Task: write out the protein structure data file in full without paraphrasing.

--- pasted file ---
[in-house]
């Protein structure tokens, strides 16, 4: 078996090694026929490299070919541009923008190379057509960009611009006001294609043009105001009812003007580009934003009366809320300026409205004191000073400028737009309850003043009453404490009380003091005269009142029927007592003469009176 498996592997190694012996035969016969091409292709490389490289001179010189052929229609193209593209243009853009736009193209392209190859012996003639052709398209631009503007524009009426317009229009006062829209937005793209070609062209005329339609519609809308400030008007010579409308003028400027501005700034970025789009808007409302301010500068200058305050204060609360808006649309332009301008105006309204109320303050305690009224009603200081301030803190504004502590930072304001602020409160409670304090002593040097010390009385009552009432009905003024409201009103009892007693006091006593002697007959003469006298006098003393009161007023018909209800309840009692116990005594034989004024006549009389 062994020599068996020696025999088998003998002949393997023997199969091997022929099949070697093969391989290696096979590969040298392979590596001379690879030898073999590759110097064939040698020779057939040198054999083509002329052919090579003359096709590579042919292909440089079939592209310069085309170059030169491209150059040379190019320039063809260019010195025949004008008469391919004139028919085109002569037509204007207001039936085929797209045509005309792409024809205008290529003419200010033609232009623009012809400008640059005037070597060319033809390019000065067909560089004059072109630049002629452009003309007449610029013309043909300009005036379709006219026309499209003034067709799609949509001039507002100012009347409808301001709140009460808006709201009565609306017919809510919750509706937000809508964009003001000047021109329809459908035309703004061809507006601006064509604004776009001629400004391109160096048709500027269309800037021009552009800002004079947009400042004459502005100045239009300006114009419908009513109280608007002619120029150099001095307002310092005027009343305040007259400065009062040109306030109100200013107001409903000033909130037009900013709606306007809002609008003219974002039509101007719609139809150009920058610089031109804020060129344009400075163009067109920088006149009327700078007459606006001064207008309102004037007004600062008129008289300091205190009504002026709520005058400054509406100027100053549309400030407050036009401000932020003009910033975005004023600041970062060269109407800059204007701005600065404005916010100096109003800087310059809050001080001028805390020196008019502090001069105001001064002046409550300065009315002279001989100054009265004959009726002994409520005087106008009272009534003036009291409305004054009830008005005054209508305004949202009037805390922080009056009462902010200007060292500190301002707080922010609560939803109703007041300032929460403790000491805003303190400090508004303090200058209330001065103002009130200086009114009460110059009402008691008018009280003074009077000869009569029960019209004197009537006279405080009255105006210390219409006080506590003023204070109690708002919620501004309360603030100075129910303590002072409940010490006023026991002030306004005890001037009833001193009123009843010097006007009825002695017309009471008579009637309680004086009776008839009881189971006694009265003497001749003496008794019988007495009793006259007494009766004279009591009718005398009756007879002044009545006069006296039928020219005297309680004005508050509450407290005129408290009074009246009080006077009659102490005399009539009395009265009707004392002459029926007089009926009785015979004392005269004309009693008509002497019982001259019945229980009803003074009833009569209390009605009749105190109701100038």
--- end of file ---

[in-house]
């Protein structure tokens, strides 16, 4: 078996090694026929490299070919541009923008190379057509960009611009006001294609043009105001009812003007580009934003009366809320300026409205004191000073400028737009309850003043009453404490009380003091005269009142029927007592003469009176 498996592997190694012996035969016969091409292709490389490289001179010189052929229609193209593209243009853009736009193209392209190859012996003639052709398209631009503007524009009426317009229009006062829209937005793209070609062209005329339609519609809308400030008007010579409308003028400027501005700034970025789009808007409302301010500068200058305050204060609360808006649309332009301008105006309204109320303050305690009224009603200081301030803190504004502590930072304001602020409160409670304090002593040097010390009385009552009432009905003024409201009103009892007693006091006593002697007959003469006298006098003393009161007023018909209800309840009692116990005594034989004024006549009389 062994020599068996020696025999088998003998002949393997023997199969091997022929099949070697093969391989290696096979590969040298392979590596001379690879030898073999590759110097064939040698020779057939040198054999083509002329052919090579003359096709590579042919292909440089079939592209310069085309170059030169491209150059040379190019320039063809260019010195025949004008008469391919004139028919085109002569037509204007207001039936085929797209045509005309792409024809205008290529003419200010033609232009623009012809400008640059005037070597060319033809390019000065067909560089004059072109630049002629452009003309007449610029013309043909300009005036379709006219026309499209003034067709799609949509001039507002100012009347409808301001709140009460808006709201009565609306017919809510919750509706937000809508964009003001000047021109329809459908035309703004061809507006601006064509604004776009001629400004391109160096048709500027269309800037021009552009800002004079947009400042004459502005100045239009300006114009419908009513109280608007002619120029150099001095307002310092005027009343305040007259400065009062040109306030109100200013107001409903000033909130037009900013709606306007809002609008003219974002039509101007719609139809150009920058610089031109804020060129344009400075163009067109920088006149009327700078007459606006001064207008309102004037007004600062008129008289300091205190009504002026709520005058400054509406100027100053549309400030407050036009401000932020003009910033975005004023600041970062060269109407800059204007701005600065404005916010100096109003800087310059809050001080001028805390020196008019502090001069105001001064002046409550300065009315002279001989100054009265004959009726002994409520005087106008009272009534003036009291409305004054009830008005005054209508305004949202009037805390922080009056009462902010200007060292500190301002707080922010609560939803109703007041300032929460403790000491805003303190400090508004303090200058209330001065103002009130200086009114009460110059009402008691008018009280003074009077000869009569029960019209004197009537006279405080009255105006210390219409006080506590003023204070109690708002919620501004309360603030100075129910303590002072409940010490006023026991002030306004005890001037009833001193009123009843010097006007009825002695017309009471008579009637309680004086009776008839009881189971006694009265003497001749003496008794019988007495009793006259007494009766004279009591009718005398009756007879002044009545006069006296039928020219005297309680004005508050509450407290005129408290009074009246009080006077009659102490005399009539009395009265009707004392002459029926007089009926009785015979004392005269004309009693008509002497019982001259019945229980009803003074009833009569209390009605009749105190109701100038």